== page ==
On planning

Written by larry on May 13th, 2012

A few weeks after the Big Trip, when I reflect back on it I can’t help but marvel over the ordinariness of the flying part. A combination of planning and flexibility resulted in the vast majority of the trip going according to schedule, and when it didn’t, we were able improvise, adding a new, interesting city (Savannah) to the itinerary.

But when you think about it, planning and flexibility are opposites. Eisenhower got it right when he said “Plans are worthless, but planning is everything.” Our plans provided a baseline from which to stray, and a willingness to do so made the trip run smoothly.

Back in another life, I held a management position in a Fortune 500 company, and remember getting into a heated discussion with another employee. (Associate? Staff member? Cast member? Your call). She was part of a four-person department dedicated to enforcing the rules in their standardized planning book for product development. Unfortunately, the rules were so constraining that pretty much nothing got done unless they were bent or broken, which was something I had the authority to do. I summed up my feelings about process at that time of it by saying “… I’m not a big fan of it; it stifles creativity and deals poorly with exceptions.” I still feel that way now, but the years (about twelve of them) have made me less vociferous on the subject. Or maybe its just that I’m now twelve years removed from that environment.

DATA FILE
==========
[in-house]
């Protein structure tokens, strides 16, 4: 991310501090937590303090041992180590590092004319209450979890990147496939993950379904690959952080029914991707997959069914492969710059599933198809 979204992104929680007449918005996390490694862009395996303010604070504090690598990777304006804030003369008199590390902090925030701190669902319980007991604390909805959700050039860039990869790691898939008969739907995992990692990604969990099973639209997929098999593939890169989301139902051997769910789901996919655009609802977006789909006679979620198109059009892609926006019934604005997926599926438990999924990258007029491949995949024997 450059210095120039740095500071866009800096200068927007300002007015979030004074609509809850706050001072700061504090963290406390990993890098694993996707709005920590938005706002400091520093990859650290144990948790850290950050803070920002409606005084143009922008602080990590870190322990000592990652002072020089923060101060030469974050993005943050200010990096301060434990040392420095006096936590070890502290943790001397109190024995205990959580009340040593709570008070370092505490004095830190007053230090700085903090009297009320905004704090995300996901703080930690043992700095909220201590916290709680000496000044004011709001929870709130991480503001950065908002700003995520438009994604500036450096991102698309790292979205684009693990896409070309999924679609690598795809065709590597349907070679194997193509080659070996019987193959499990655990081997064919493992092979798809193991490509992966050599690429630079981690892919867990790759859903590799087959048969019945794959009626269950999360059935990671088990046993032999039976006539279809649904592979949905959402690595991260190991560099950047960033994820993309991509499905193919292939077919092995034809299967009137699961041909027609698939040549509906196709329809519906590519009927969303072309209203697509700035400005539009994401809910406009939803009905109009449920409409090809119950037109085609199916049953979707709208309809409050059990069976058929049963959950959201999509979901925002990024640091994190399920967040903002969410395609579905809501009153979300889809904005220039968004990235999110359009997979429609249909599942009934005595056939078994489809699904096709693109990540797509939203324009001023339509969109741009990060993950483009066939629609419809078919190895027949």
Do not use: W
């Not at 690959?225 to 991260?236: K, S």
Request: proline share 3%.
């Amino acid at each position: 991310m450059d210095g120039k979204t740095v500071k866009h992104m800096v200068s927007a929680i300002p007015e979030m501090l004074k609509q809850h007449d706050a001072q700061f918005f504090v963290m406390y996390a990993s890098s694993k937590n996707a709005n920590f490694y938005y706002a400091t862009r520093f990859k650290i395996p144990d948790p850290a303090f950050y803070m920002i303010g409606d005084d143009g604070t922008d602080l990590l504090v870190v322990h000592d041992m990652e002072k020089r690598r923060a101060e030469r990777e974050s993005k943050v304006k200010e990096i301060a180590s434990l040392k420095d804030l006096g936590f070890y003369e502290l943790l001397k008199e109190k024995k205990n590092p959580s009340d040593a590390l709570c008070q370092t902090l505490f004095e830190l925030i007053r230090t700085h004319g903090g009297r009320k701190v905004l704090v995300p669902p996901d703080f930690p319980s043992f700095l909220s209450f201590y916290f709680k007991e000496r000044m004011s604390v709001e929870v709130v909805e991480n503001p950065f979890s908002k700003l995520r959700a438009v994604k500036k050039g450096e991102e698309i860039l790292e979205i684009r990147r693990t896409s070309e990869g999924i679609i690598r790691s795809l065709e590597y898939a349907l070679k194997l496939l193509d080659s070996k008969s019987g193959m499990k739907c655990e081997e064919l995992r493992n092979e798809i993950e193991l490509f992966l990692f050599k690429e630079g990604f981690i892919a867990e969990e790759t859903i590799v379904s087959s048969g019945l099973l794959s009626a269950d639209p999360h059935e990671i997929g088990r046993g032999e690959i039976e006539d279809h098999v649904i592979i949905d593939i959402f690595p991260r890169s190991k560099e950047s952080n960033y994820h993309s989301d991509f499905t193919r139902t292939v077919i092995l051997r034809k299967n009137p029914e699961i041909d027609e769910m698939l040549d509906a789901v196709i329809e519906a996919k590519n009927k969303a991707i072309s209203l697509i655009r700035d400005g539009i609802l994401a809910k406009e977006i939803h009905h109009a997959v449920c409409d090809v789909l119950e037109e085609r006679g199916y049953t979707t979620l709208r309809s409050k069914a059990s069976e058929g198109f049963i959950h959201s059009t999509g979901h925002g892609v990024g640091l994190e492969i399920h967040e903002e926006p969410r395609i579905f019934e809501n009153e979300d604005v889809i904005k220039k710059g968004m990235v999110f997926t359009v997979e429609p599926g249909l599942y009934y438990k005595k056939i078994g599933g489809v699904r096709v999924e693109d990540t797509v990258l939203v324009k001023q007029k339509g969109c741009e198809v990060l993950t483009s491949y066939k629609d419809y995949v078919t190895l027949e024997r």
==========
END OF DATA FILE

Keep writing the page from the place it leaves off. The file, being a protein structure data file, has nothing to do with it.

Two days before our trip, I painstakingly entered thirteen flight plans into my on-board GPS. Over the course of the trip, I flew eight of them, entered three more, and flew only two of those. But having them on tap provided a foundation, and creating the first thirteen was good practice for the others.

Probably I should read up more on Eisenhower. He may have some other good advice.


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